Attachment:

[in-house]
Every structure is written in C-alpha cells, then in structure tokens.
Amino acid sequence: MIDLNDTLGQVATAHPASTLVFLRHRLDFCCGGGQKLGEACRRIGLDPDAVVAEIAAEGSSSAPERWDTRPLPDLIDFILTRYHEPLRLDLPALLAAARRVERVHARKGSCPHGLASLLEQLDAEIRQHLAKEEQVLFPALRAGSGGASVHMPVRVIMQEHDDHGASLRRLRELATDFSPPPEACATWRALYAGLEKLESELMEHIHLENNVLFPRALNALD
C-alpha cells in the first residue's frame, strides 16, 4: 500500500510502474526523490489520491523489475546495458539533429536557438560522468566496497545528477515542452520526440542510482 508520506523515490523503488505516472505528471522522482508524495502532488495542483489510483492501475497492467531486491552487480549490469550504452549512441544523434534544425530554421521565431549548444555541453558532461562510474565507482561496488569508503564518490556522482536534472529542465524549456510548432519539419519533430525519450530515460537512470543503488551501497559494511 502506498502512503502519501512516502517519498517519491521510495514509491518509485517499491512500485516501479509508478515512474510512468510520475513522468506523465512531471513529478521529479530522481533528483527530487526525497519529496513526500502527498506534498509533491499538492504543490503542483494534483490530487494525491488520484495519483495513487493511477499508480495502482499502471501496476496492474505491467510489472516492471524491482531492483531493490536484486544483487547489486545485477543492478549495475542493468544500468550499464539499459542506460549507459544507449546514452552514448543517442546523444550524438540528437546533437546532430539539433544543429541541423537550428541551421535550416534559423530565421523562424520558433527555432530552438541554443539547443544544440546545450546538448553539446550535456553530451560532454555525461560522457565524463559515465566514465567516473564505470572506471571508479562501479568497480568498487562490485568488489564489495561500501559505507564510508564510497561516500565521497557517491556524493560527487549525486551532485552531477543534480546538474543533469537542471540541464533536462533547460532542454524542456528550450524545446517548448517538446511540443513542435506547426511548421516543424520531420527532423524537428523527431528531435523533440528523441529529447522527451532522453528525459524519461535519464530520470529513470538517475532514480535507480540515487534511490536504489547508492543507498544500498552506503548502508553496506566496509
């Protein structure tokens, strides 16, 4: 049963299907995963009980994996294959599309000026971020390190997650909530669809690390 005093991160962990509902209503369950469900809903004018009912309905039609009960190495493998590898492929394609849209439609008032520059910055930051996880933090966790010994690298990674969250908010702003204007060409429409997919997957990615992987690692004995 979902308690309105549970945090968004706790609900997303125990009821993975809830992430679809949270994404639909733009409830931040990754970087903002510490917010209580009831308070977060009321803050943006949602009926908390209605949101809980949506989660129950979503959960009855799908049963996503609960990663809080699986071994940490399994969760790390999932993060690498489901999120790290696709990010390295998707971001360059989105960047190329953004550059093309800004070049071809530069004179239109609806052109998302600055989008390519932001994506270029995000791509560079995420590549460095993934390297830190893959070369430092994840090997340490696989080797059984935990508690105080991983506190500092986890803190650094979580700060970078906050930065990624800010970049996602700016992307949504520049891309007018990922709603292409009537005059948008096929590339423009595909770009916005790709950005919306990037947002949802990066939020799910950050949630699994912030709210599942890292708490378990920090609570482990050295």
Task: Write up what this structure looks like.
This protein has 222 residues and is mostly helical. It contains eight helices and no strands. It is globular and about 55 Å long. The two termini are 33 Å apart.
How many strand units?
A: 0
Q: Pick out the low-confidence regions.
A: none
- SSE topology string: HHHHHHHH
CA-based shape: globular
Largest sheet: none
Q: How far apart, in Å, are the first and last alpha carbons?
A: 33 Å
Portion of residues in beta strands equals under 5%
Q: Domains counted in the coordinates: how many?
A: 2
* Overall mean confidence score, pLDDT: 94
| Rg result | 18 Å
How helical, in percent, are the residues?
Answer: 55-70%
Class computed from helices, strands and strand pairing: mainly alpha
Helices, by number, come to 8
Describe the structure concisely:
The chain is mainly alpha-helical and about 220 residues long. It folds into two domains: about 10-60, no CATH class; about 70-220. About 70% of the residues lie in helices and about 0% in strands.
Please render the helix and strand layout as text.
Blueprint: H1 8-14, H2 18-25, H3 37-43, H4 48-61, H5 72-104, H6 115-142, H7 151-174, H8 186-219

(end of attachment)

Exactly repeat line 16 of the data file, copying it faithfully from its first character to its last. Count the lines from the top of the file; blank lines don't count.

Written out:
A: 33 Å